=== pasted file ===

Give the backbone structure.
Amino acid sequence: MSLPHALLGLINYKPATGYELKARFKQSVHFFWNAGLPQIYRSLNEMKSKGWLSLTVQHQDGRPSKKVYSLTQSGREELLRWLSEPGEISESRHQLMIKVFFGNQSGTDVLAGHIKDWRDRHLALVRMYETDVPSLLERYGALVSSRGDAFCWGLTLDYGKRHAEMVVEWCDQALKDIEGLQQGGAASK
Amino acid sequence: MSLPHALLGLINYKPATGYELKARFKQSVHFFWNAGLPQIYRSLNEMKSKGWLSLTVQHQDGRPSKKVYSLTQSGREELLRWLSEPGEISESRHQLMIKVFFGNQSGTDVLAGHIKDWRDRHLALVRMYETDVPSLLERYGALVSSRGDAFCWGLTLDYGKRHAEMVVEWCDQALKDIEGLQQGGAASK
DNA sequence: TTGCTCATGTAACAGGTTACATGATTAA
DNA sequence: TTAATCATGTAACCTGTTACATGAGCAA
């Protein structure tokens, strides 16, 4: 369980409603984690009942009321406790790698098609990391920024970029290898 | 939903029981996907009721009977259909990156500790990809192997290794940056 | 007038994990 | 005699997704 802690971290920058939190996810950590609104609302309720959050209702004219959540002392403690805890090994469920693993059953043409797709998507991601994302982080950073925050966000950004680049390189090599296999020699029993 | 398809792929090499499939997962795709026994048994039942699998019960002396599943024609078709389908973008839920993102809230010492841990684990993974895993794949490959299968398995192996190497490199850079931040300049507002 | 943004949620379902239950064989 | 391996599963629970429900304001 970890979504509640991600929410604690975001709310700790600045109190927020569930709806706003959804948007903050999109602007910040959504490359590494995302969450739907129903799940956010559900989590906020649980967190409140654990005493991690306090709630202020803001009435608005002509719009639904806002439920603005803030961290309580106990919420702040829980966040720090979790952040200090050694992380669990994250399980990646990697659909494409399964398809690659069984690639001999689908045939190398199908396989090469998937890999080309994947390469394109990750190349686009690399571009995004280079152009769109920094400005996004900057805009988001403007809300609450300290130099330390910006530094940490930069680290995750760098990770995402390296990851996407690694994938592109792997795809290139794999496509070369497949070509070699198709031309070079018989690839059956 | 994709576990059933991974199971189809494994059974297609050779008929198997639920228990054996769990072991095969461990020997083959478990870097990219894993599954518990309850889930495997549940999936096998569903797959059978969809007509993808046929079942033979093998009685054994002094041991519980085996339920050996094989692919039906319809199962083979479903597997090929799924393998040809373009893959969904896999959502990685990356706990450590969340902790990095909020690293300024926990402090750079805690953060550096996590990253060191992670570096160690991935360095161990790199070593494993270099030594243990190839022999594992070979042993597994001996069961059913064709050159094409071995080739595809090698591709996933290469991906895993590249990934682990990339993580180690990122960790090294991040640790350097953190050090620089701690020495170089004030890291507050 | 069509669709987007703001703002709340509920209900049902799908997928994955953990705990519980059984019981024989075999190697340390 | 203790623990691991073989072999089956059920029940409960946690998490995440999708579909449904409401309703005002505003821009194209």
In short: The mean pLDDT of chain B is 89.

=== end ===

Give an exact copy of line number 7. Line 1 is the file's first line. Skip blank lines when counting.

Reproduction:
In short: The mean pLDDT of chain B is 89.